The Web site. (Andrew Harrer/Bloomberg)

The director of the Census Bureau said he is confident that new changes in the wording of survey questions on health insurance will not diminish its ability to measure the impact of the Affordable Care Act.

John H. Thompson, responding to critics, said the survey questions were rephrased specifically to establish a benchmark for how many people were uninsured in 2013, the year before the health insurance mandate took effect, so comparisons can be made in future years.

Concerns, first reported in the New York Times, have arisen that changes in the phrasing of one survey’s questions may make future comparisons more difficult. Critics of the health-care law have accused the Census Bureau of working to fudge the numbers so the White House can claim more success than is merited.

Thompson said that Census Bureau demographers had been preparing for many years to modify the questions and that the changes should make it easier to measure the law’s impact, not harder.

“I can assure you, I have had no discussions of this with the White House or with anyone else in the administration,” Thompson said in a phone interview. “This has been a scientific process, and that’s the way we operate. I don’t understand where all these concerns come from suddenly. We pride ourselves on being a statistical agency that produces objective, nonpartisan and high-quality information. That’s our mission.”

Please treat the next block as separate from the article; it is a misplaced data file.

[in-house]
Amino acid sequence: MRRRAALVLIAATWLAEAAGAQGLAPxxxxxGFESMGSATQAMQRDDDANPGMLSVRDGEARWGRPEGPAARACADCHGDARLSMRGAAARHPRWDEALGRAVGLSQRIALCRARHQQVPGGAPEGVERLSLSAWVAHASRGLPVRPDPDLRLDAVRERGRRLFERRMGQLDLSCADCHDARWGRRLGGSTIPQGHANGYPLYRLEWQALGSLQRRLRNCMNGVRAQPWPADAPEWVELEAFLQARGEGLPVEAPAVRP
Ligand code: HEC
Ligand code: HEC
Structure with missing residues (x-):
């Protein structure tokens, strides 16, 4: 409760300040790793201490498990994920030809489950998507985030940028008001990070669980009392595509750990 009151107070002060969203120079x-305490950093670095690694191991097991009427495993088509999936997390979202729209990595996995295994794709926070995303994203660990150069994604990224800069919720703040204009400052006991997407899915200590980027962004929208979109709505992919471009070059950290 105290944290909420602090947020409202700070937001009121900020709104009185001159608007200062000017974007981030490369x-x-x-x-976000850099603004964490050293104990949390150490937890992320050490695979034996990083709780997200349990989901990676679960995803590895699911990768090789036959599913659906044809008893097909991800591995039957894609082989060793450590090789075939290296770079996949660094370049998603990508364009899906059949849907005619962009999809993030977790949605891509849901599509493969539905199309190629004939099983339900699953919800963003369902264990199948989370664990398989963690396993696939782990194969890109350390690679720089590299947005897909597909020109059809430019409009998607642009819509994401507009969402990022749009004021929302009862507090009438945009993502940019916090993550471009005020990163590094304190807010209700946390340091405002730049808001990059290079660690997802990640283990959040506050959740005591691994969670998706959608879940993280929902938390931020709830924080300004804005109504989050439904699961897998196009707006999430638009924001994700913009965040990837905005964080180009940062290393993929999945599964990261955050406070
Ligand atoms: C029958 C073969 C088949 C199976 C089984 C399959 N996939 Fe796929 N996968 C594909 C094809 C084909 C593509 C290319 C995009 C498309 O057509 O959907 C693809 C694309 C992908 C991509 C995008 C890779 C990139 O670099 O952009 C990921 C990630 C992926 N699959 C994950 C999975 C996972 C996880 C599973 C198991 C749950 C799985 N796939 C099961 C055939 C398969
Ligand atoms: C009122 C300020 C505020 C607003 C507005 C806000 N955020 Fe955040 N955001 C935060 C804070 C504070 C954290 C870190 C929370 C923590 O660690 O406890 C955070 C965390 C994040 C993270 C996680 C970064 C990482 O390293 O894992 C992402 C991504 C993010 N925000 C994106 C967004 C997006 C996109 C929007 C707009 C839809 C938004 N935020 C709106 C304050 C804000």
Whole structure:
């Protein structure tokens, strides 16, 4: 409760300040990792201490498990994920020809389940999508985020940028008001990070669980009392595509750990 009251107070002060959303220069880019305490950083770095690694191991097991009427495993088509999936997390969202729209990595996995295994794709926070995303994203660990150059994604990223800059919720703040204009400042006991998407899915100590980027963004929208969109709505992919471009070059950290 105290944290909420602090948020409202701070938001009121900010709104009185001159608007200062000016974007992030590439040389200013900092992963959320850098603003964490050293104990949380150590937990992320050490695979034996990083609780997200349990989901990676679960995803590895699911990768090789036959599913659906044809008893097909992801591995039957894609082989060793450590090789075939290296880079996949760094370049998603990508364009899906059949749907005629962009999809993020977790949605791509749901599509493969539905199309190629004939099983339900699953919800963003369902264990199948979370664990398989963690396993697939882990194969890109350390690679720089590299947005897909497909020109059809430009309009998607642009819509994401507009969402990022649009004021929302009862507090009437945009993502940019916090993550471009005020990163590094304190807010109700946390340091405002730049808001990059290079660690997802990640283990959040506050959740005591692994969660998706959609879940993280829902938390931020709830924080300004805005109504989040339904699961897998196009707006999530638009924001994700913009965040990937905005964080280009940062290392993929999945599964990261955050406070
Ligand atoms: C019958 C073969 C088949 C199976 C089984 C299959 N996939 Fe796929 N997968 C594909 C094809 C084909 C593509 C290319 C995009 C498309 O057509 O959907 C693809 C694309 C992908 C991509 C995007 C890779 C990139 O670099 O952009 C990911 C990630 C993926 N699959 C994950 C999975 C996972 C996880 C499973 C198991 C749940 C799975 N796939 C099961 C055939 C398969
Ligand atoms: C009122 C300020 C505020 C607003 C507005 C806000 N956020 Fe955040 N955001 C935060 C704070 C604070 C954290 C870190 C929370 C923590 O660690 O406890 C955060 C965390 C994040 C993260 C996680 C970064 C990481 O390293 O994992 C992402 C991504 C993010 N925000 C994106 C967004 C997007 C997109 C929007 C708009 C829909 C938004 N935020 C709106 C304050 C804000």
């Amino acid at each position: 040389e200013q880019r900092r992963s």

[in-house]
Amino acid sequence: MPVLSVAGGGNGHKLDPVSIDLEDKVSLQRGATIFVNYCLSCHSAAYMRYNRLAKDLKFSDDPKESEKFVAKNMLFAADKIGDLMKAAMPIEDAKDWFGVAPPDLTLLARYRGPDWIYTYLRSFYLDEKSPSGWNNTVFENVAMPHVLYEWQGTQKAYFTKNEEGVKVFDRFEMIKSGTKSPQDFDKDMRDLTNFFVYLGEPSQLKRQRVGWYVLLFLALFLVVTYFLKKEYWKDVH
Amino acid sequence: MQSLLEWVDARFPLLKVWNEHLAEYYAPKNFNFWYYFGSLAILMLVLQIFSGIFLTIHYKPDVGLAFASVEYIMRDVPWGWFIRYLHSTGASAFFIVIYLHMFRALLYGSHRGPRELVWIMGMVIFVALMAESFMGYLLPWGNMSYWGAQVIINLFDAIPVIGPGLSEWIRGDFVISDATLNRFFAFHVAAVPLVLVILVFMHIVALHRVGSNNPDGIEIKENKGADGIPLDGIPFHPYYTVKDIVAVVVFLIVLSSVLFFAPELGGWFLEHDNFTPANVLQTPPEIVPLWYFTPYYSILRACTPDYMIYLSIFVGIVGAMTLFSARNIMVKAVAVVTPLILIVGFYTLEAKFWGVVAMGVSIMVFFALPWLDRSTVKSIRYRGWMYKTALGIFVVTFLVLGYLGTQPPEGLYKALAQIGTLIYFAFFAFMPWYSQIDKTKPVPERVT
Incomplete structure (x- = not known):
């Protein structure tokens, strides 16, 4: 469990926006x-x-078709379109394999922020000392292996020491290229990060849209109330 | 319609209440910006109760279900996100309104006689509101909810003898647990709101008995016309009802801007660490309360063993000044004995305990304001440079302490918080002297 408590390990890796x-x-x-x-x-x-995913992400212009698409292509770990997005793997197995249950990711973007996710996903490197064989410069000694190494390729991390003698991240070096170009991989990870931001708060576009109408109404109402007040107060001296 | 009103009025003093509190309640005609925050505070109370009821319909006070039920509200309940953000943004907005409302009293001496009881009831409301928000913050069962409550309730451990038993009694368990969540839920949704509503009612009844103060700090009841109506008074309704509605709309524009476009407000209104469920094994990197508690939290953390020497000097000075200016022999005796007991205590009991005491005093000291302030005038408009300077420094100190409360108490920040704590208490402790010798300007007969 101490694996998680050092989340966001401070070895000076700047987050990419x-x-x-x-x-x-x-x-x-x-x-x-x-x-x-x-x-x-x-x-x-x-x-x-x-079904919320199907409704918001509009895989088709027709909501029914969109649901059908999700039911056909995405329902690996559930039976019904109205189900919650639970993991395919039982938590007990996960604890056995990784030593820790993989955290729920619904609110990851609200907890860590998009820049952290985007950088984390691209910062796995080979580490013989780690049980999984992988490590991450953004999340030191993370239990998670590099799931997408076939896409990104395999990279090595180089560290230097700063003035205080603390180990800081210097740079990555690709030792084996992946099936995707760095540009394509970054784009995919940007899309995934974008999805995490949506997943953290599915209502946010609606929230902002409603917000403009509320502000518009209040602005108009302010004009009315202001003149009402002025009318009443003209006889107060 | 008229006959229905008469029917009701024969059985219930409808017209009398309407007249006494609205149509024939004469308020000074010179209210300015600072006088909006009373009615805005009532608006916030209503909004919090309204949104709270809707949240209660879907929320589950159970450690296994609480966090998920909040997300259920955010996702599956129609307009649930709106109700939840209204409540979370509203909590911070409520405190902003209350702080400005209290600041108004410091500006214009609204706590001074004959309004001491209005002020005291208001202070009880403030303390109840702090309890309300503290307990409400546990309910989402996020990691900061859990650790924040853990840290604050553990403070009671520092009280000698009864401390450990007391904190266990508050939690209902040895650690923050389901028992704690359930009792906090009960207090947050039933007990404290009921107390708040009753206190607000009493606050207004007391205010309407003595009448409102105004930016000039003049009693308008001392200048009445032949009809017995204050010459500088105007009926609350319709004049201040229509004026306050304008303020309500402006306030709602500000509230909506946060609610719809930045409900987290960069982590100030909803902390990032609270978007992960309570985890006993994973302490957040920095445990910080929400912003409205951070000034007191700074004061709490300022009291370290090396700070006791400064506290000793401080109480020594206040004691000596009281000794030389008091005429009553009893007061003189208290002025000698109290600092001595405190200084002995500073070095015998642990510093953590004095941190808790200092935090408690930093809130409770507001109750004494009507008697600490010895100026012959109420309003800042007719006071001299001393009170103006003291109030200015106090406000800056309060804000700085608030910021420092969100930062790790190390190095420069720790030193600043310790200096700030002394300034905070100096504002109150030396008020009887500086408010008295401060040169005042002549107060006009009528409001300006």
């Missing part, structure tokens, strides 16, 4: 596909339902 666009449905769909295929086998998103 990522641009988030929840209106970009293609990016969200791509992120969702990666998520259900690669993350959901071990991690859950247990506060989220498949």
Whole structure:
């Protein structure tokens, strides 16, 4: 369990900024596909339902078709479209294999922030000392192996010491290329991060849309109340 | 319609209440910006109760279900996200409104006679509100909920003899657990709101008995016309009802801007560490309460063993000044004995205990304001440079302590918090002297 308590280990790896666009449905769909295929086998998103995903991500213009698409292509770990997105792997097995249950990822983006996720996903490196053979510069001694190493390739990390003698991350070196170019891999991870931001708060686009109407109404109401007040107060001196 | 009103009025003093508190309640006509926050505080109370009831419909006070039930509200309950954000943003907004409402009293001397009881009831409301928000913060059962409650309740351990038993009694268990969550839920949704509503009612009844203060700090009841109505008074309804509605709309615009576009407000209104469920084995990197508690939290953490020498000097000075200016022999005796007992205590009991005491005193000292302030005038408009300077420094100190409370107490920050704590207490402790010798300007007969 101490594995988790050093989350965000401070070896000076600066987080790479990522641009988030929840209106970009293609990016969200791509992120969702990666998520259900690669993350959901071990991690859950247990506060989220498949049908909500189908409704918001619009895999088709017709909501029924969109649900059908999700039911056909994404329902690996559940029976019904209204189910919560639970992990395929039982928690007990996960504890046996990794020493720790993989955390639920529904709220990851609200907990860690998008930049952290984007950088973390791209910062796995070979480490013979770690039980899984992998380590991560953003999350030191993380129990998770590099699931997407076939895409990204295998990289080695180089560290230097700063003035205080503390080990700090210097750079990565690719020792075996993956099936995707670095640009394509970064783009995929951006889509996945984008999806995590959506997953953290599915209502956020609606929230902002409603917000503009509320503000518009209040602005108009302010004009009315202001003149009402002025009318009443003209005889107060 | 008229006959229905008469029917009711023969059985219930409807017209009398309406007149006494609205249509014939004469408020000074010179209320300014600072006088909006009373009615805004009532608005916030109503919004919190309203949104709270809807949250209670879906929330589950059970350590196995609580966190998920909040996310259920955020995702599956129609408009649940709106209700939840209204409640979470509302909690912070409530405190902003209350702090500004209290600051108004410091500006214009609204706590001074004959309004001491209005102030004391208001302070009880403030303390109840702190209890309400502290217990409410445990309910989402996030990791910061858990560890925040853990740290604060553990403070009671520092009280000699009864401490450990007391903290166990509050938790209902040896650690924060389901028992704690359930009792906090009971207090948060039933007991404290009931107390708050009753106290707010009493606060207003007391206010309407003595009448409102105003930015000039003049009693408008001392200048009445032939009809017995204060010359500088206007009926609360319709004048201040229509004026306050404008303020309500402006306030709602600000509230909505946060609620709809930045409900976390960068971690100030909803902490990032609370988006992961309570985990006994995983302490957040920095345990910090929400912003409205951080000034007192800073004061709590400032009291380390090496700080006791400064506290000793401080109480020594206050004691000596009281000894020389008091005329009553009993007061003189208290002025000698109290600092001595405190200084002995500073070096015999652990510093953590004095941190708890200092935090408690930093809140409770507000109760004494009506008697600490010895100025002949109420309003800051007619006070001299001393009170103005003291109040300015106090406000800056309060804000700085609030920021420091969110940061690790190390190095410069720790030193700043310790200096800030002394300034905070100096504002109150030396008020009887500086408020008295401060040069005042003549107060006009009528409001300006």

The concerns have emerged over changes made to one of three separate surveys the government conducts with questions about who has health insurance.

The most current and complete measure of how many people are uninsured comes from the Health Interview Survey, which is conducted by the National Center for Health Statistics. Researchers focusing on geographical comparisons find the American Community Survey helpful for exploring differences down to the neighborhood level.

But the annual Social and Economic Supplement of the Current Population Survey is considered the most useful for looking at differences among people with different income levels. It is conducted over three months, every spring, and the statistics are released every fall as part of an annual report on income, poverty and health insurance. No other survey provides the same level of detail on income.

Until this year, the Current Population Survey asked people whether they had been uninsured at any point in the previous year. Someone uninsured for the month of January, for example, was counted as uninsured for the entire year.

Census Bureau tests concluded that the question effectively inflated estimates of the uninsured. Tests run in 2010 and again last year showed that the share of people saying they were uninsured dropped almost two percentage points, from 12.5 percent to 10.6 percent, when they were asked to elaborate whether they were uninsured for just part of the year.

So this year, the Current Population Survey asked anyone who said they had been uninsured in 2013 to be more precise, noting what months they went without insurance. That conforms with the phrasing of questions asked in the American Community Survey and the Health Interview Survey — questions that have not been changed and have been asked for years — so comparisons can more readily be made.

Thompson said the three surveys can supplement each other in measuring the law’s impact.

“We’ll have a pretty good baseline,” he said. “And the American Community Survey provides more information to understand the dynamics of changes at the state and substate levels. I’m confident with all the information available we’ll be able to really track the changes.”